The book tells us about how he developed a list of virtues at the age of 20 and believed that following those would shape his personality and character. It makes the reader gape in wonder how Franklin managed to practice these for the rest of his life.

In the author’s own words, following a part of the list of the virtues that is bound to make one a better person:

  1. Temperance. Eat not to dullness; drink not to elevation.
  2. Silence. Speak not but what may benefit others or yourself; avoid trifling conversation.
  3. Order. Let all your things have their places; let each part of your business have its time.
  4. Frugality. Make no expense but to do good to others or yourself, i.e., waste nothing.
  5. Justice. Wrong none by doing injuries, or omitting the benefits that are your duty.

Purchase this book here.

4. Linchpin: Are You Indispensable? By Seth Godin

Image from Goodreads

A book that is occasionally repetitive, over the top, and sometimes disjointed, but the core message is sound and delivered with such passion that it leaves the reader feeling inspired to try and break free of the norms, and become what Godin calls a “Linchpin.”

The premise of the book is “The only way to get what you’re worth is to stand out, to exert emotional labor, to be seen as indispensable, and to produce interactions that organizations and people care deeply about.”
An excerpt:

“The job is what you do when you are told what to do. The job is showing up at the factory, following instructions, meeting spec, and being managed.Someone can always do your job a little better or faster or cheaper than you can.The job might be difficult; it might require skill, but it’s a job.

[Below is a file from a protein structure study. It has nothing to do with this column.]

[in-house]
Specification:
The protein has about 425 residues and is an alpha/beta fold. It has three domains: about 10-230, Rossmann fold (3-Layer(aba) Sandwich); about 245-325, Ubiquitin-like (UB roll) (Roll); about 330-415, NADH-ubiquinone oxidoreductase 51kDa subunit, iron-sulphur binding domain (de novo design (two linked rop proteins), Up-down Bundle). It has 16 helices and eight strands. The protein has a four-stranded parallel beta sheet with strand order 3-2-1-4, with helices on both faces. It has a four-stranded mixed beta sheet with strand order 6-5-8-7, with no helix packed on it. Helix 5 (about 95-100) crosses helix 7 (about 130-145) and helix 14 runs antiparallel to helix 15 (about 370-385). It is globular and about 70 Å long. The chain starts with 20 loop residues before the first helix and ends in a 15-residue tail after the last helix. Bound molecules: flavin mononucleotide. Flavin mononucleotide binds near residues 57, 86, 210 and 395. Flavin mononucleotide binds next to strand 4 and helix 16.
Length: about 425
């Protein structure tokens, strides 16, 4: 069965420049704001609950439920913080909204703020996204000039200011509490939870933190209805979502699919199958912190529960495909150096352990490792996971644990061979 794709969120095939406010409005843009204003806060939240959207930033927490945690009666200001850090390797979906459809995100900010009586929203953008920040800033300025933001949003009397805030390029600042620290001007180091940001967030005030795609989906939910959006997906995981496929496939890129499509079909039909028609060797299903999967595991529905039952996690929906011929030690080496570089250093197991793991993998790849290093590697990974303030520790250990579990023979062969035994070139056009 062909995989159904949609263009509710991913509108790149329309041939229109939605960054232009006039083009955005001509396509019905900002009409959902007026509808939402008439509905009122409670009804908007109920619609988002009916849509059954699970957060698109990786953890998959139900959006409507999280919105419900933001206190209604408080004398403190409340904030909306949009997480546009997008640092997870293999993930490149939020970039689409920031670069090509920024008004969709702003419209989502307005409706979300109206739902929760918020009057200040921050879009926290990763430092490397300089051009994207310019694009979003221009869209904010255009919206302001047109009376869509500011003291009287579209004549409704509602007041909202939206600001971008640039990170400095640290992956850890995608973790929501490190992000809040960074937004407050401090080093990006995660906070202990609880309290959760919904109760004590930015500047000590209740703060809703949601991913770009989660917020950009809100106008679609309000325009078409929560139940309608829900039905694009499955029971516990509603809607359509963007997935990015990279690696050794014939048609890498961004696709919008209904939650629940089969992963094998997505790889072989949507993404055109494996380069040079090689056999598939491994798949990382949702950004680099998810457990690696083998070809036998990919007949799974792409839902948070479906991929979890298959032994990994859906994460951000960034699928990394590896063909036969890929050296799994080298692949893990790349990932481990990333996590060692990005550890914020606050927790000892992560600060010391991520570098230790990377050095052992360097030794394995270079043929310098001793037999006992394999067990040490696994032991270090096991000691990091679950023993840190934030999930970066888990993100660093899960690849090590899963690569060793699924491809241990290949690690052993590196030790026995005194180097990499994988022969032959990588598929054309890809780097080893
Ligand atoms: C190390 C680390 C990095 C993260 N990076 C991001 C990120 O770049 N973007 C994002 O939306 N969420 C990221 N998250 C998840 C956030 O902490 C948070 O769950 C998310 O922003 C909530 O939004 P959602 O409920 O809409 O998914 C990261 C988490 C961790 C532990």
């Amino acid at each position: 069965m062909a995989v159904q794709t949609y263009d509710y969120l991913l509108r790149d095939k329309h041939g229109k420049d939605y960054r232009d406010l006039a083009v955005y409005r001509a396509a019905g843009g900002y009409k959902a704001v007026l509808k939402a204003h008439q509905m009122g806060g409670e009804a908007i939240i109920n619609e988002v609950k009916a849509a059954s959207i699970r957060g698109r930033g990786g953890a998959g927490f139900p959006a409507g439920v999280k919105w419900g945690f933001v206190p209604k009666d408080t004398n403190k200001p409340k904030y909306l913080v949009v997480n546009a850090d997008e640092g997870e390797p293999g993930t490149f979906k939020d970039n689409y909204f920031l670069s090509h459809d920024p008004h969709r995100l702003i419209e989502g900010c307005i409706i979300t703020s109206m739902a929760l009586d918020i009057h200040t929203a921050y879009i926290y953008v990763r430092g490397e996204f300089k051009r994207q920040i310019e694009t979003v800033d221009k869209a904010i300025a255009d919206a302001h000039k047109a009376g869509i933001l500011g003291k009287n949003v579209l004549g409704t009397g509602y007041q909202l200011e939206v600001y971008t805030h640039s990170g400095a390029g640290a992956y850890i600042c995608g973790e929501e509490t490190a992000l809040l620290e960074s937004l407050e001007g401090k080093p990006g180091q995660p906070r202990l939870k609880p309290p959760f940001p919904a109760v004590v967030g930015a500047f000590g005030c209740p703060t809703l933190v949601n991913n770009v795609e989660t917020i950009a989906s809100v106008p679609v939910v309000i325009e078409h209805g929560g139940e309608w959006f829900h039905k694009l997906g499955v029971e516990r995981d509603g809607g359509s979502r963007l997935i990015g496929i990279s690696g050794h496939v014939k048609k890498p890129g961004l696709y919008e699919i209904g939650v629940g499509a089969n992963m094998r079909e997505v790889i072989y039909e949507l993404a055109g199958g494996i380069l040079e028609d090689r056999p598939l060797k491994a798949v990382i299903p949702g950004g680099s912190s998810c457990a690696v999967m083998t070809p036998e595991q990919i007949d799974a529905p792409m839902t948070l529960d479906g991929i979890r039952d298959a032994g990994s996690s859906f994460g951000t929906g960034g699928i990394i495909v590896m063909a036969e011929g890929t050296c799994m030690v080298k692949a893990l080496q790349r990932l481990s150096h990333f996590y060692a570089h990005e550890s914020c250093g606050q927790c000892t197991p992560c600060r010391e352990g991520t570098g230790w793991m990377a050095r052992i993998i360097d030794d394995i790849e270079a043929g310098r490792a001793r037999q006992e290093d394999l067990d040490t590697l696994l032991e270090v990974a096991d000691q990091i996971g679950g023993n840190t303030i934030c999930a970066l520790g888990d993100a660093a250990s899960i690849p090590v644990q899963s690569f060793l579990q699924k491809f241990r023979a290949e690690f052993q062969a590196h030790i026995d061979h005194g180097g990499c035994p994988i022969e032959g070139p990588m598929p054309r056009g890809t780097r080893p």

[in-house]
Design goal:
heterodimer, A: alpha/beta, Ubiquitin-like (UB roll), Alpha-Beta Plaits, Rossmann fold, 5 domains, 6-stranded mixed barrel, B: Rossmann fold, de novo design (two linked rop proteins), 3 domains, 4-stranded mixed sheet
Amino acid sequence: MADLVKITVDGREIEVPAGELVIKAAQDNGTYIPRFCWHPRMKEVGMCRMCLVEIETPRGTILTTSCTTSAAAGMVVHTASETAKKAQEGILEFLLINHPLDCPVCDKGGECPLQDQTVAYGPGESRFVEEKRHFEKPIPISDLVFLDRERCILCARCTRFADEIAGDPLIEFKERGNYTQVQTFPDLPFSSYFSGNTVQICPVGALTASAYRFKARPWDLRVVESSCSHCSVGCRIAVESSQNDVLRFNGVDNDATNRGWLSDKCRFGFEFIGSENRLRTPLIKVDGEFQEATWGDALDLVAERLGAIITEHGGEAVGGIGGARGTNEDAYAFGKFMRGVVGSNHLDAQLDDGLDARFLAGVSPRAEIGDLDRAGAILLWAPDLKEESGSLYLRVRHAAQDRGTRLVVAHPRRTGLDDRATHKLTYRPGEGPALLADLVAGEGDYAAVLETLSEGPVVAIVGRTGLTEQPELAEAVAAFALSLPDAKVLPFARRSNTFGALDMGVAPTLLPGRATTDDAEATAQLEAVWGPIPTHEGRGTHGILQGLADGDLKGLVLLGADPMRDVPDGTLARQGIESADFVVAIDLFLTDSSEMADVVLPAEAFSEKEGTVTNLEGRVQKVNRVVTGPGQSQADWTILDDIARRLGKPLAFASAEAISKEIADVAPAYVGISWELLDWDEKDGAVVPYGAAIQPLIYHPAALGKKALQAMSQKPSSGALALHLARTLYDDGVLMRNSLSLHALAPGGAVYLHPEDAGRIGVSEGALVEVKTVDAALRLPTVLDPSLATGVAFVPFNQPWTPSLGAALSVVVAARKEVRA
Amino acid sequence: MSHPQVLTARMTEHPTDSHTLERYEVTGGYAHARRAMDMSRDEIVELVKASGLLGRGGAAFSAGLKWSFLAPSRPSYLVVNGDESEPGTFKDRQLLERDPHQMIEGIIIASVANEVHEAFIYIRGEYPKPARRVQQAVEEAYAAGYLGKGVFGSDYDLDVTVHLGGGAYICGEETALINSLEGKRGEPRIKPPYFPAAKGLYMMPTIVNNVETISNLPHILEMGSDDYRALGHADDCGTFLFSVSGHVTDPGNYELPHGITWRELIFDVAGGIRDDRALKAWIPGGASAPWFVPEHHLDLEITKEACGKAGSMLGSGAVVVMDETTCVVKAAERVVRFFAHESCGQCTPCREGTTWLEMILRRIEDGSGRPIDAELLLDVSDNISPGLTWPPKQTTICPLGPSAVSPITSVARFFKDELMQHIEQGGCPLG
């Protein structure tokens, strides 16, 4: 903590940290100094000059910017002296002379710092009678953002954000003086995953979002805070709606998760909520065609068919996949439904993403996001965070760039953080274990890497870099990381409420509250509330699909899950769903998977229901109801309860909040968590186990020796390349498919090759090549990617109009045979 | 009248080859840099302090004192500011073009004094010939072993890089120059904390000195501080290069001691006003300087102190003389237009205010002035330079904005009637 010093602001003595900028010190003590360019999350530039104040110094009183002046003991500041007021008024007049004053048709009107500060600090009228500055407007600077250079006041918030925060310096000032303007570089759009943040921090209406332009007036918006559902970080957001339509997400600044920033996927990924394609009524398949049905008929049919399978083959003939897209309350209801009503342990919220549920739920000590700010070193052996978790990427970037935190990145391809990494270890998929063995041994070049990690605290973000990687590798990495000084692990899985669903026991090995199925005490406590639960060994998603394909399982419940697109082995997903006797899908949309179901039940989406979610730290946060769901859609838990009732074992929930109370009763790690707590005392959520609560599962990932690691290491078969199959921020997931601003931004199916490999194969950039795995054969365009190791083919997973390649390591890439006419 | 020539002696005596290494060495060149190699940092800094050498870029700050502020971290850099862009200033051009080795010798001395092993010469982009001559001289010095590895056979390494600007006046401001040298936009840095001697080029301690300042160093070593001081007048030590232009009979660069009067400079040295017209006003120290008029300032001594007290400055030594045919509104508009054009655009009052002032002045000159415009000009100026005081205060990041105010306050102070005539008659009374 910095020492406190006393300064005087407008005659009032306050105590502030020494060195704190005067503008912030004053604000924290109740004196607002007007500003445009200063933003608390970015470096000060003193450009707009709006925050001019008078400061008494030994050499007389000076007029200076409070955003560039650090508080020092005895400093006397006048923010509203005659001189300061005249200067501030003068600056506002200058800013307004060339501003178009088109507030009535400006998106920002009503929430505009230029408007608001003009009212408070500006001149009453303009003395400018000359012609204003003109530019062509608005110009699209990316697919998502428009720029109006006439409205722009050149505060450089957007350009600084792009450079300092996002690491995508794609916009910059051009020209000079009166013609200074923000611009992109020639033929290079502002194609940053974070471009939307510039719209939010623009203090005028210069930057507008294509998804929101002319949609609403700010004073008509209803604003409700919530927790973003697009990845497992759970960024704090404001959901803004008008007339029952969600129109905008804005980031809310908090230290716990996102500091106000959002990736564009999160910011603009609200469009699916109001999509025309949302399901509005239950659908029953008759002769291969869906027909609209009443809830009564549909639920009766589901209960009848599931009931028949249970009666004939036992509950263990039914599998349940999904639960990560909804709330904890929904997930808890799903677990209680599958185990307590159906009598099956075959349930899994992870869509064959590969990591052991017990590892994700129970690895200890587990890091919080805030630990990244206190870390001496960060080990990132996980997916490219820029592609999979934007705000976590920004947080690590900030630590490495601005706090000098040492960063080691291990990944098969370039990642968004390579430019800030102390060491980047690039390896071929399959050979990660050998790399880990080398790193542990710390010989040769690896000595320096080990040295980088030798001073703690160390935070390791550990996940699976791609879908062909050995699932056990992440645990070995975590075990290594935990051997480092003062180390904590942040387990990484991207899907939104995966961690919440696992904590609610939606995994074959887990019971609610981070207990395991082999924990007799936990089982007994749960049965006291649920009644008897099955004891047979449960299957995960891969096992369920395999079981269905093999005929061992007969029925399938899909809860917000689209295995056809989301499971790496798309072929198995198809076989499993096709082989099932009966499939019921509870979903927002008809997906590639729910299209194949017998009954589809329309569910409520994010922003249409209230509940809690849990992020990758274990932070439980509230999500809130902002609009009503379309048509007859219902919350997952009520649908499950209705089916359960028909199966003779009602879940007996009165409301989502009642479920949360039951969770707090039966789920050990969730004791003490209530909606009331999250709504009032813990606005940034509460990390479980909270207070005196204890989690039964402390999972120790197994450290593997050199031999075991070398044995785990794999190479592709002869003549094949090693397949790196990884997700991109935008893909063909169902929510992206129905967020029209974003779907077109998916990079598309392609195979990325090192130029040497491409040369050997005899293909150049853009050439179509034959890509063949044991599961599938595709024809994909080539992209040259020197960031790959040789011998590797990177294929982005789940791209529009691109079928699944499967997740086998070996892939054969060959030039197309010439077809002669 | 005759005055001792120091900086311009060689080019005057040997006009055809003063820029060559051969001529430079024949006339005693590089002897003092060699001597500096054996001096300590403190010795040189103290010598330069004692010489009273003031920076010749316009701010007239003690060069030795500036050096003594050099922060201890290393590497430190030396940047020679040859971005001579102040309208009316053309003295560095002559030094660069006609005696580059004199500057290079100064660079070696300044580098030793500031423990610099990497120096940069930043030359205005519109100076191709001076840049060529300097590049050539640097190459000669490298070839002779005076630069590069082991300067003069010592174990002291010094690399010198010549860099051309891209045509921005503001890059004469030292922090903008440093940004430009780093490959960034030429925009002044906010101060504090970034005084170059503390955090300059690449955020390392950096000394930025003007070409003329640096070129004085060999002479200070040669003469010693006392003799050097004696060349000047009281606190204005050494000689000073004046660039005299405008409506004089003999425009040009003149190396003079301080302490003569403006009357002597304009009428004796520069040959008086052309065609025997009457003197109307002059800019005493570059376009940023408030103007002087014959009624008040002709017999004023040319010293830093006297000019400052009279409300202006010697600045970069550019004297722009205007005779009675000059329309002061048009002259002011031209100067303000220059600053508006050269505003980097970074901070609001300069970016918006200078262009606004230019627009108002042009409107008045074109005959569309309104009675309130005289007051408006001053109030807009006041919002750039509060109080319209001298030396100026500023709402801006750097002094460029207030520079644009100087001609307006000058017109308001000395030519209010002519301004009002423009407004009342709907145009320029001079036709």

Your art is what you do when no one can tell you exactly how to do it. Your art is the act of taking personal responsibility, challenging the status quo, and challenging people.I call the process of doing your art ‘the work.’ It’s possible to have a job and do the work too. In fact, that is how you become a linchpin.
The job is not the work.”

A highly inspirational book recommended for anyone who believes they are stuck in a rut or scared of losing their job.

Purchase this book here.

5. Moonwalking with Einstein: The Art and Science of Remembering Everything by Joshua Foer

Image from Goodreads

The inspiring story of the chronically forgetful science journalist who wanted to write a piece about memory champions, but ended up becoming one himself.

Joshua Foer, who won the USA Memory Championship in 2006 (and also managed to set a record in the “Speed Cart” event) writes about how it’s possible to learn just about anything; all one needs to do is set one’s heart to it.

A few memorable excerpts:

“When you want to get good at something, how you spend your time practicing is far more important than the amount of time you spend.”
“To improve, we must watch ourselves fail, and learn from our mistakes.”
“There are no limits. There are plateaus, but you must not stay there, you must go beyond them. If it kills you, it kills you.”

Purchase this book here.